Europe

Greek police break gang that sold thousands of antiquities

Migrants watch a large fire as it burns inside the Moria refugee camp on the northeastern Greek island of Lesbos, late Monday, Sept. 19. 2016. Greek police say a large fire has swept through a big camp for refugees and other migrants on the eastern Aegean island of Lesbos, forcing its evacuation. None of the more than 4,000 people in the Moria camp was reported injured in Monday's blaze, which damaged tents and prefabricated housing units. (AP Photo/Michael Schwarz)

Migrants watch a large fire as it burns inside the Moria refugee camp on the northeastern Greek island of Lesbos, late Monday, Sept. 19. 2016. Greek police say a large fire has swept through a big camp for refugees and other migrants on the eastern Aegean island of Lesbos, forcing its evacuation. None of the more than 4,000 people in the Moria camp was reported injured in Monday’s blaze, which damaged tents and prefabricated housing units. (AP Photo/Michael Schwarz)

ATHENS, Greece (AP) — Greek police say they have broken a major gang that allegedly exported thousands of illegally-excavated antiquities for sale through conniving European auction houses or directly to private buyers.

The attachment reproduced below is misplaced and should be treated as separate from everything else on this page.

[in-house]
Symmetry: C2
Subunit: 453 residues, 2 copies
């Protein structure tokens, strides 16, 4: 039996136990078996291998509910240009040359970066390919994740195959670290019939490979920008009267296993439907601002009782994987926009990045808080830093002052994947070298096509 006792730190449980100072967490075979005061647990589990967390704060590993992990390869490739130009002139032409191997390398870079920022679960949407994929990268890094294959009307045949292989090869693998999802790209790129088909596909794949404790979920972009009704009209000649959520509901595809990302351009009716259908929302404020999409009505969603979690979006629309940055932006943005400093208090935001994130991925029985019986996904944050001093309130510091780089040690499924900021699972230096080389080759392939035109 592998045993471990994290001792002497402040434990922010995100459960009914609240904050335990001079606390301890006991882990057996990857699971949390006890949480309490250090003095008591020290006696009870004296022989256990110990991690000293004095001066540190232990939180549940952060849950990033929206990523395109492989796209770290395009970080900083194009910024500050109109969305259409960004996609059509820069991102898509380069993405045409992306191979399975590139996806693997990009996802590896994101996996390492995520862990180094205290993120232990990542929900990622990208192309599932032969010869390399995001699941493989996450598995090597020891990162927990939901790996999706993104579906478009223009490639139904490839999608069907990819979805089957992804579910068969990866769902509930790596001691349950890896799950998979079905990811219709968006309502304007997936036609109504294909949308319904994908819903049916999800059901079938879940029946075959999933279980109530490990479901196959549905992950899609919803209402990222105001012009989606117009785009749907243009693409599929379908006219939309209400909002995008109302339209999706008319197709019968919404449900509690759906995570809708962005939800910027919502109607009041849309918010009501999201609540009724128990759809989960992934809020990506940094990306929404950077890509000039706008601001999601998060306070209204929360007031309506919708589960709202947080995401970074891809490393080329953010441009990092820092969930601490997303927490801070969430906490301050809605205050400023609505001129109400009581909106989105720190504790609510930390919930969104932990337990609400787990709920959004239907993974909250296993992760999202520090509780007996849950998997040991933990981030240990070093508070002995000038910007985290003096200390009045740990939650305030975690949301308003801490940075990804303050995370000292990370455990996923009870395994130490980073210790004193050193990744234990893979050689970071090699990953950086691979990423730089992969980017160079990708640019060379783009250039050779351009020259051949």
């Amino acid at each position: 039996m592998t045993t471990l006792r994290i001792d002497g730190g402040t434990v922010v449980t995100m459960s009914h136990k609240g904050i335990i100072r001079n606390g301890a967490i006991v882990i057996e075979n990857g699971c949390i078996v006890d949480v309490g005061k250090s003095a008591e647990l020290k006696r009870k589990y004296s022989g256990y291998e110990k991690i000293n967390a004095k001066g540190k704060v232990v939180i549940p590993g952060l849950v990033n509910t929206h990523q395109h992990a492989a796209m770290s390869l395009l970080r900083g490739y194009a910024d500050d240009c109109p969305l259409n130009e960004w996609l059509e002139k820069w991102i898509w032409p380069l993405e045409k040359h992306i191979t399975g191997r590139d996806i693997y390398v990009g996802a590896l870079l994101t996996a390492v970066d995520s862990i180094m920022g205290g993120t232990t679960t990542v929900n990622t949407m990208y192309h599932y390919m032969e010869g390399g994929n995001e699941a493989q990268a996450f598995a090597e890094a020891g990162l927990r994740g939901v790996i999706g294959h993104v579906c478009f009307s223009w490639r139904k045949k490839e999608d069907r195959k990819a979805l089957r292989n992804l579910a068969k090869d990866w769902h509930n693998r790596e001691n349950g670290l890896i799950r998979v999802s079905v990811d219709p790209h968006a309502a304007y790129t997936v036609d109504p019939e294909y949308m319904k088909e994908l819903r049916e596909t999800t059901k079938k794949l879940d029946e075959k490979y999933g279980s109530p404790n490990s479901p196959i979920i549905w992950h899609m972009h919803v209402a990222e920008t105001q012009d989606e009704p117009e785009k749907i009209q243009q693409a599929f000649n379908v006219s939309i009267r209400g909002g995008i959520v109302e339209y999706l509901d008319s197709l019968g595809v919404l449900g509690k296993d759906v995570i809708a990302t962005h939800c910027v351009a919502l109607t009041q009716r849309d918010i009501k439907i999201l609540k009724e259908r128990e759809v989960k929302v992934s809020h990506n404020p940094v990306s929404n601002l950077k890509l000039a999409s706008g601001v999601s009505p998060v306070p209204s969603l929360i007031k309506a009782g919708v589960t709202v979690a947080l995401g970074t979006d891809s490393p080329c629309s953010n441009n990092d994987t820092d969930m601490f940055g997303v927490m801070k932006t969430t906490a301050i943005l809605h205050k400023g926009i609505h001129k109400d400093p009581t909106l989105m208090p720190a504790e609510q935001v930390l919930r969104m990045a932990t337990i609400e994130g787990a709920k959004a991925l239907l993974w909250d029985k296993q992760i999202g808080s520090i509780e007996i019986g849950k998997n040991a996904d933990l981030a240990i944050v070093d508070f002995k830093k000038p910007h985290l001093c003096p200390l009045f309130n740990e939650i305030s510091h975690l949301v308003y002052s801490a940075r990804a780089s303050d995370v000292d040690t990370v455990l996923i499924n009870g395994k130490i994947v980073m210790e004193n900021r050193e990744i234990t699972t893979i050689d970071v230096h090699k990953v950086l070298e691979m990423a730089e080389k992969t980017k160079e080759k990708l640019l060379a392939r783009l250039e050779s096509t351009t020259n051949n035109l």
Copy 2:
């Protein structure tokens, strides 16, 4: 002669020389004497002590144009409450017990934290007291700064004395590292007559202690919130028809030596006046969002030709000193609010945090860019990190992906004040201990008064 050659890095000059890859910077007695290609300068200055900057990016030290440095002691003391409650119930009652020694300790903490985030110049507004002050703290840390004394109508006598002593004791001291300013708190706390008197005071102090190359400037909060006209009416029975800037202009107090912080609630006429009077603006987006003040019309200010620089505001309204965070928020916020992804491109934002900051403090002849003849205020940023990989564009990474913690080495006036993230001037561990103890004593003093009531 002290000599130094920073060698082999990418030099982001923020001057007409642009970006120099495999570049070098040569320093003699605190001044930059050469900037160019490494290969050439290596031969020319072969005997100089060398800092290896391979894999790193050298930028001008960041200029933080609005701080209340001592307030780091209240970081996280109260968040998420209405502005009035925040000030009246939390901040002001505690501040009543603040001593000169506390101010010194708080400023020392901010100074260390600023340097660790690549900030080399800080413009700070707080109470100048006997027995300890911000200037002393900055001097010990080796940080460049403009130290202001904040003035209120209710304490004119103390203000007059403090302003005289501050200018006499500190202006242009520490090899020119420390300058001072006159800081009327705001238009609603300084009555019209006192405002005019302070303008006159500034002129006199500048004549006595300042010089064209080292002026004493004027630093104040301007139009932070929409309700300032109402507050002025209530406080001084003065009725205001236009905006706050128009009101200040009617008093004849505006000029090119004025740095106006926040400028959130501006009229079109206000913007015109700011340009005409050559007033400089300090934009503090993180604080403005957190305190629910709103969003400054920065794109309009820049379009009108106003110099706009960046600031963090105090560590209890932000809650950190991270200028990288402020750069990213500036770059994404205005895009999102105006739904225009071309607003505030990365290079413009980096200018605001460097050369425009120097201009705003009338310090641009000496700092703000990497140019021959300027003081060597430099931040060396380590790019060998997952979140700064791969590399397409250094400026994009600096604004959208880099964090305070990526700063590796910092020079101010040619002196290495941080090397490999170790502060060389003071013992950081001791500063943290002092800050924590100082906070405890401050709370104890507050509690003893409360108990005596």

A spokesman for the southern Patras police directorate, which headed the nationwide 14-month investigation, says more than 50 people were involved in the criminal organization. Twenty-six suspects have been arrested so far, ranging from the alleged leadership to people believed to have been carrying out the illegal, nighttime excavations.

Police said Wednesday that more than 2,000 artefacts, mostly coins from as early as the 6th century B.C., have been confiscated.

The antiquities were mostly sold through online auctions by houses based in Germany, Austria, Switzerland and Britain, which police said were aware of their illegal provenance and sometimes helped finance the gang.

 

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